Conley said: “The president has been surrounded by medical and security staff for days wearing full PPE. And yesterday the US secret service agents were in that same level of PPE for a very short period of time.”
It has been more than 72 hours since Trump’s last fever, Conley added, and his blood oxygen level was normal. “Though he may not entirely be out of the woods yet, the team and I agree that all our evaluations and, most importantly, his clinical status, support the president’s safe return home where he’ll be surrounded by world class medical care 24/7.”
But Conley repeatedly declined to say whether Trump’s lungs had suffered inflammation or when he received his last negative test. “I don’t want to go backwards,” he said.
Anthony Fauci, the top US infectious diseases expert and White House Coronavirus Task Force member, warned on CNN that Trump could experience a “reversal” in his progress. “I’m not involved in his primary care,” Fauci said. “But the issue is that he’s still early enough in the disease that it’s no secret that if you look at the clinical course of people sometimes, when you’re five to eight days in, you can have a reversal.”
Fauci also said he believed the experimental Regeneron antibody therapy given to Trump helped the president. Fauci explained that “monoclonal antibodies” are a treatment that scientists are “really quite optimistic about”. The drug has been developed specifically for the pandemic and is in late stage trials in the US.
Speaking on Rachel Maddow, former CIA director John Brennan, a fierce critic of the president, said, “I don’t think the American people can have any confidence that what they’re hearing right now about Donald Trump’s health is accurate.”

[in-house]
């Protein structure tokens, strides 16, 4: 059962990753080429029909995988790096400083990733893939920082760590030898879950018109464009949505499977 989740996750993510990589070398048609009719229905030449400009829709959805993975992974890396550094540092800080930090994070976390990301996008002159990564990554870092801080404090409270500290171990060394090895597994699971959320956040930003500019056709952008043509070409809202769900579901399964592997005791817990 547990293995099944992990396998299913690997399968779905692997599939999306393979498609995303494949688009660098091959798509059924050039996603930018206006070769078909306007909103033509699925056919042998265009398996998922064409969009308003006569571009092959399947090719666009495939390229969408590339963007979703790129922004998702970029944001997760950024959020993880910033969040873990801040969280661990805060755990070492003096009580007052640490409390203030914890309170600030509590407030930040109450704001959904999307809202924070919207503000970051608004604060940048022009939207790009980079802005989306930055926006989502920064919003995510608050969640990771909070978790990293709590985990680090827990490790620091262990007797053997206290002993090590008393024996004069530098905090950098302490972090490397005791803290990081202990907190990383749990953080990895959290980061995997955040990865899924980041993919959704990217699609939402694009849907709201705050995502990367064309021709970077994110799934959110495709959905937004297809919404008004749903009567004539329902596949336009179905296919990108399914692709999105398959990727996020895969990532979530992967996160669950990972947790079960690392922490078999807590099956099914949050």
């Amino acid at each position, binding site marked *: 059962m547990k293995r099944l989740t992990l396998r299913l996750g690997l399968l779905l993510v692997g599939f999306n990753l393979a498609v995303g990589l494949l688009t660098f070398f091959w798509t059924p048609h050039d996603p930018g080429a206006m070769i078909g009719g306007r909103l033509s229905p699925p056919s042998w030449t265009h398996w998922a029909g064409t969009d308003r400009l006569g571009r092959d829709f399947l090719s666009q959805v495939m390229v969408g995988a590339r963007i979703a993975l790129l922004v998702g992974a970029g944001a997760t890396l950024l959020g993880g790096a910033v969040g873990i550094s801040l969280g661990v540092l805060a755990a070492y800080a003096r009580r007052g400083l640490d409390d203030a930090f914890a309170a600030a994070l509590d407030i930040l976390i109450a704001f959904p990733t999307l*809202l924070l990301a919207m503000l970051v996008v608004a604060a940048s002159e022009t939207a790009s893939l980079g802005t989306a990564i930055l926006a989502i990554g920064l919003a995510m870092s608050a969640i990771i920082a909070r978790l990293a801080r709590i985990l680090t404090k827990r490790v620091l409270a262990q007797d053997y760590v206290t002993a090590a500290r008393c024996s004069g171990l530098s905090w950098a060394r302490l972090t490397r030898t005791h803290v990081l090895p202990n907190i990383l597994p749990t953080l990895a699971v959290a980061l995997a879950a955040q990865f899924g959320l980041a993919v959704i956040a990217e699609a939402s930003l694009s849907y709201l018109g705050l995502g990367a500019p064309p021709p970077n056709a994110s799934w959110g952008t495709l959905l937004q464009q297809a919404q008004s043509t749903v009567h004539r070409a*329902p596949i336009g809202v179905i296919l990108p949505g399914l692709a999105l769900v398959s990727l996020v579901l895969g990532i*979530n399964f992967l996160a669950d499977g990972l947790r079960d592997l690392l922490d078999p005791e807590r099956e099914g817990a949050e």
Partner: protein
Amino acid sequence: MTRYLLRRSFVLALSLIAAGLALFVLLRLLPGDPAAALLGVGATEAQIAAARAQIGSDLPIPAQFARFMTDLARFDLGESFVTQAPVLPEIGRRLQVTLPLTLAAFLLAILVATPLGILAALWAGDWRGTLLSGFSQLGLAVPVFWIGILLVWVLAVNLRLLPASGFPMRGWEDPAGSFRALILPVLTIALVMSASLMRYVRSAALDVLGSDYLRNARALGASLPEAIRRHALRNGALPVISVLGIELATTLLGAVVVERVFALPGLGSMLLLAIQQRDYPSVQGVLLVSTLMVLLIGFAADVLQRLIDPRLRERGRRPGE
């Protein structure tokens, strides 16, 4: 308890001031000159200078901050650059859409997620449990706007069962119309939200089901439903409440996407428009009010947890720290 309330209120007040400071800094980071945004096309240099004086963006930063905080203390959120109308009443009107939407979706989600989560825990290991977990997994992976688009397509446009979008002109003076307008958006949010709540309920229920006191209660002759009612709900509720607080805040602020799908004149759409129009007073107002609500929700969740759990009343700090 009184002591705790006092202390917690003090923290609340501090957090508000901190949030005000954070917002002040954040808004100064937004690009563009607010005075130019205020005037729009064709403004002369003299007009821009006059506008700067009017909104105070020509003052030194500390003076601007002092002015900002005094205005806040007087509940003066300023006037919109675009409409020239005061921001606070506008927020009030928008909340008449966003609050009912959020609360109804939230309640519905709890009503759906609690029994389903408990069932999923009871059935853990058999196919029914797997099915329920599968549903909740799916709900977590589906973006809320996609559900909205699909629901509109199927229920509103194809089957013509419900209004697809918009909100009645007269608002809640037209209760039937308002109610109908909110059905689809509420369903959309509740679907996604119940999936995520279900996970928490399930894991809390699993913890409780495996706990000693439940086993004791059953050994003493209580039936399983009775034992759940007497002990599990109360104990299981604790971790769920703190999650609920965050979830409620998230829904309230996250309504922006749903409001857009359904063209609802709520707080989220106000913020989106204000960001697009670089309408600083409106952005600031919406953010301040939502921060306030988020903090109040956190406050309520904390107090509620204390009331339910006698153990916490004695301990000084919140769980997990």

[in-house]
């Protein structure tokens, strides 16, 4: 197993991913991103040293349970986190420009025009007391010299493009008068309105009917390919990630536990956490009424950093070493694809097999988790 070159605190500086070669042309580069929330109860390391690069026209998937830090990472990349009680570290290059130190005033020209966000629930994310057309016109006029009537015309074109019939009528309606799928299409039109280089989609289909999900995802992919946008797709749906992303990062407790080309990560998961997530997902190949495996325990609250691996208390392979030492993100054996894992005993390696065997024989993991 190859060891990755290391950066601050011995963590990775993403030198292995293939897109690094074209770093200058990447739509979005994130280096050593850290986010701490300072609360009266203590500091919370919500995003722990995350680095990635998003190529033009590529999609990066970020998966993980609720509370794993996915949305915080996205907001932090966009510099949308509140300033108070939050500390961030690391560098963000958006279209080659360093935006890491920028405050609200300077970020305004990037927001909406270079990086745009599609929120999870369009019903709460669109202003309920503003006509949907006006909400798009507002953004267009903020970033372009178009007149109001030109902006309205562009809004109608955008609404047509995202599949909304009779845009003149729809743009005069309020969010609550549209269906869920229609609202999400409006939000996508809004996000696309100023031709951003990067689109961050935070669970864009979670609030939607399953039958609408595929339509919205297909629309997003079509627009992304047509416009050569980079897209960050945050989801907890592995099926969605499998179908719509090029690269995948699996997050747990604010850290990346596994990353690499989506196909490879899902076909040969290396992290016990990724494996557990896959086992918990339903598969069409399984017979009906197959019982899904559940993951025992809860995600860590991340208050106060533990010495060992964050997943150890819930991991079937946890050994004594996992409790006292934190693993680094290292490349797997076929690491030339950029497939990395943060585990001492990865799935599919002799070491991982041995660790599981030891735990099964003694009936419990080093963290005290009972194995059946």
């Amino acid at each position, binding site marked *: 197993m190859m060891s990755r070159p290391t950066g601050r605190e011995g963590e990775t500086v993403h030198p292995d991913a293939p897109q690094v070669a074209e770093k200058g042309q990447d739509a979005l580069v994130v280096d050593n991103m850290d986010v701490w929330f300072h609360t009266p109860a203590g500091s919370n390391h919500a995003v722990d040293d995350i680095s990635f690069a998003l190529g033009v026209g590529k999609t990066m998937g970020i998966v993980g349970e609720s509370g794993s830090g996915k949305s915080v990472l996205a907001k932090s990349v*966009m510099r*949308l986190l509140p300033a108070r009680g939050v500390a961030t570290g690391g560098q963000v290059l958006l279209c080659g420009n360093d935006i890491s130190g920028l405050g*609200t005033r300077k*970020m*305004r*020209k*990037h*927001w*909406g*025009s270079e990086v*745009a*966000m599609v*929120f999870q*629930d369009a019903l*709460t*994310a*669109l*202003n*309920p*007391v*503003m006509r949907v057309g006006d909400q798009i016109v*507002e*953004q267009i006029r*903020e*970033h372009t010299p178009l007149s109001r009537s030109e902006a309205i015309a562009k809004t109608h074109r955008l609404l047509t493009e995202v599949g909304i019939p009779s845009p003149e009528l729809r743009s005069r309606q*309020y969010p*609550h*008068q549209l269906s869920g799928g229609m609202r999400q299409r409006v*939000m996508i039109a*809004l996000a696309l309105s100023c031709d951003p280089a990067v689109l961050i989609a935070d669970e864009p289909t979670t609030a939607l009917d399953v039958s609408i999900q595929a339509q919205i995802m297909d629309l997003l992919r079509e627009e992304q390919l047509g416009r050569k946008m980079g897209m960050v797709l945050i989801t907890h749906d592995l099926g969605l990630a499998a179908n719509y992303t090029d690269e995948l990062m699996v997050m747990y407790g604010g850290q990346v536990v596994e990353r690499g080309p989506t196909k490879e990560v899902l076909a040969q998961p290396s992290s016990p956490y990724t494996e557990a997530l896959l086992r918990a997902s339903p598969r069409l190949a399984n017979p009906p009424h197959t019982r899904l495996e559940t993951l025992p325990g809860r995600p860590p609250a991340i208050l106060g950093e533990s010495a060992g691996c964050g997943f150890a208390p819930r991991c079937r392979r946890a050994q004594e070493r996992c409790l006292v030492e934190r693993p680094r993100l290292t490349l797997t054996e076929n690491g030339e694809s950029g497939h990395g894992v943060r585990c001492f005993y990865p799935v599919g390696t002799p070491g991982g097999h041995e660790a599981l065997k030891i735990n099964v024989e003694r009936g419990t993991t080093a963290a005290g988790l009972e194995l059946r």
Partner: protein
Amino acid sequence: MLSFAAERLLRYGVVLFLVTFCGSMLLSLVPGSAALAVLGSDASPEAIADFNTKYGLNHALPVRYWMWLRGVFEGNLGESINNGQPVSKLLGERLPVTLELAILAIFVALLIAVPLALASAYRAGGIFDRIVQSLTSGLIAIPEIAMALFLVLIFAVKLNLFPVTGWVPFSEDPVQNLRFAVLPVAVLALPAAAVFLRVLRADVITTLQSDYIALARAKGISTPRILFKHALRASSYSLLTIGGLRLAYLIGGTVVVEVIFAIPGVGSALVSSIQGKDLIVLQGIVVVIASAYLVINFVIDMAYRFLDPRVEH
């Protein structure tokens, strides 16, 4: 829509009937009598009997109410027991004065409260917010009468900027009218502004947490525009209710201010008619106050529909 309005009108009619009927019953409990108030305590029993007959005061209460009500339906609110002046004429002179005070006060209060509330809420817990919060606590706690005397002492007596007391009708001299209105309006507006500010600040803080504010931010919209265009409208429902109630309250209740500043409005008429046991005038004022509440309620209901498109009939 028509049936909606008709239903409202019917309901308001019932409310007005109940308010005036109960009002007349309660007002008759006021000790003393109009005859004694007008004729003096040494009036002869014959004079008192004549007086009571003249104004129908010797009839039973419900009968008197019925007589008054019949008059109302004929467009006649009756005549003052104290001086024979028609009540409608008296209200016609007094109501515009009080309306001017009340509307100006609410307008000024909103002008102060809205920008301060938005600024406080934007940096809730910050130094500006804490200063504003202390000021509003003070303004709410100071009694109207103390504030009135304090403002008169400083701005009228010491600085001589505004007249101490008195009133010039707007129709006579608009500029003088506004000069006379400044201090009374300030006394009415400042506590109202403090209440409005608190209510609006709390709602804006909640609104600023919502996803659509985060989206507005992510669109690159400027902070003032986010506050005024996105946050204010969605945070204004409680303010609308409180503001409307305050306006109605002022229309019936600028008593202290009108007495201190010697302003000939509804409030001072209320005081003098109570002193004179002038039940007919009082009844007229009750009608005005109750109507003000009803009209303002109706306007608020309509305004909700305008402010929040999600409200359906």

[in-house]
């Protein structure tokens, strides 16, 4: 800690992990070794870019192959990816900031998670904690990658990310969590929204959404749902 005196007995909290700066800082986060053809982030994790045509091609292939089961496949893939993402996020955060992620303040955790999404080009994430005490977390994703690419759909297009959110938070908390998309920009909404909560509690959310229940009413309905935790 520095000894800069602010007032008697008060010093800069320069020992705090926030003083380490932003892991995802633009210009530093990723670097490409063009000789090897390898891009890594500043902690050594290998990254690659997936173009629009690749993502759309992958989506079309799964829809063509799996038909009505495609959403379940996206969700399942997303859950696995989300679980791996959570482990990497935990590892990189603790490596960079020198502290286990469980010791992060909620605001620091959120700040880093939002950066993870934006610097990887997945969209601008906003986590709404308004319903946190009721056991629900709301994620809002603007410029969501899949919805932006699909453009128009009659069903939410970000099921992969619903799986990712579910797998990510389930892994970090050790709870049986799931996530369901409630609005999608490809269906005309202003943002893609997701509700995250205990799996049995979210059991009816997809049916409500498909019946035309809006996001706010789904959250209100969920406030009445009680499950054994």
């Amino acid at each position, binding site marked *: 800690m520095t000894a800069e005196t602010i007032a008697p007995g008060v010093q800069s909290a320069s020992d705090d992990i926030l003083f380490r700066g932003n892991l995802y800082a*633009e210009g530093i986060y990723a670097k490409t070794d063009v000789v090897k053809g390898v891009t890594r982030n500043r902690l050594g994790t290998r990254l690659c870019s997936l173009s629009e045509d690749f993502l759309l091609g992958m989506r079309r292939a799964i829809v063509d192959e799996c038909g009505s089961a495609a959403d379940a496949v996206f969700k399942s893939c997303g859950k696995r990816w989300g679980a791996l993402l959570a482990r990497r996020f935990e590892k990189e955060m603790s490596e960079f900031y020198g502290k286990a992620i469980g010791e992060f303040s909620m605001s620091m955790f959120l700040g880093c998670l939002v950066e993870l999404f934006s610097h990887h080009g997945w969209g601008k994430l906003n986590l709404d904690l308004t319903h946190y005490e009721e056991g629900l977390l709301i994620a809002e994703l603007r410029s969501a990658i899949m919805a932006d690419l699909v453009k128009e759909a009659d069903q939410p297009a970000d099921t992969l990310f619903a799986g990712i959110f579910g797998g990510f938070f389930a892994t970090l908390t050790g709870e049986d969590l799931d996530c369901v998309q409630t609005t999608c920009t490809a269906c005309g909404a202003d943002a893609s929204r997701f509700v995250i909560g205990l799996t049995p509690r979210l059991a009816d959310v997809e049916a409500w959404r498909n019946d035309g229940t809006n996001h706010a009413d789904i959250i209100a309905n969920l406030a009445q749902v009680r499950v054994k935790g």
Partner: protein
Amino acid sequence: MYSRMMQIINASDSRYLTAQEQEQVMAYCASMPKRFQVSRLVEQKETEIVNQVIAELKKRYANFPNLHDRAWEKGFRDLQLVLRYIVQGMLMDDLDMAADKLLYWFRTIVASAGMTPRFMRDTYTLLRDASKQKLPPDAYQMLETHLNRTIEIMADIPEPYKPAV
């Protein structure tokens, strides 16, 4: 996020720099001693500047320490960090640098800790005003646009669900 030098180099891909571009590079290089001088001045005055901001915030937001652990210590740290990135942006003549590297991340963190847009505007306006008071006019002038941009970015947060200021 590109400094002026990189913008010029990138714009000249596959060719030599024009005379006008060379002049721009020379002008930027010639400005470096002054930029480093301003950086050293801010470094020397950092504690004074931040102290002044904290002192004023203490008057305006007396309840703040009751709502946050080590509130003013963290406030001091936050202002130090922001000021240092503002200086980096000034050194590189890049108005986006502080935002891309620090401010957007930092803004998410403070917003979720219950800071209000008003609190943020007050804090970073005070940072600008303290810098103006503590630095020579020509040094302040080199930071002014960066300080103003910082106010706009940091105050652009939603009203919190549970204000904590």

Wearing a mask, Trump emerged from Walter Reed at 6.38pm on Monday. He walked to a presidential limousine ignoring reporters questions: “Mr President, how many members of your staff are sick?” Another asked if he was a “super-spreader”.
Trump, giving a slight wave, said: “Thank you very much, everybody.”
He paused at the limousine and gave a thumbs up and fist wave before climbing in. He then took the short flight on Marine One to the executive mansion, where he staged his most controversial photo op since his security forces cleared peaceful protests so he could pose with a Bible outside a historic church.
But he found a White House diminished by Covid-19, with press secretary Kayleigh McEnany, two junior communications staff and two housekeeping staff the latest to test positive on Monday. Personnel there have flouted public health guidelines for months. There are now concerns the outbreak could threaten the running of government.
Zac Petkanas, a director at the health advocacy group Protect Our Care, condemned Trump’s decision to return. “The fact that he’s willing to endanger the lives of White House support staff like housekeepers, janitors and his Secret Service detail speaks volumes about his priorities,” Petkanas said.
Joe Lockhart, a former White House press secretary under Bill Clinton, tweeted: “This Presidency has turned grotesque. The President is a superspreader who thinks he’s immune and doesn’t care how many he kills – as long as the camera gets his good side.”
Read the original article at The Guardian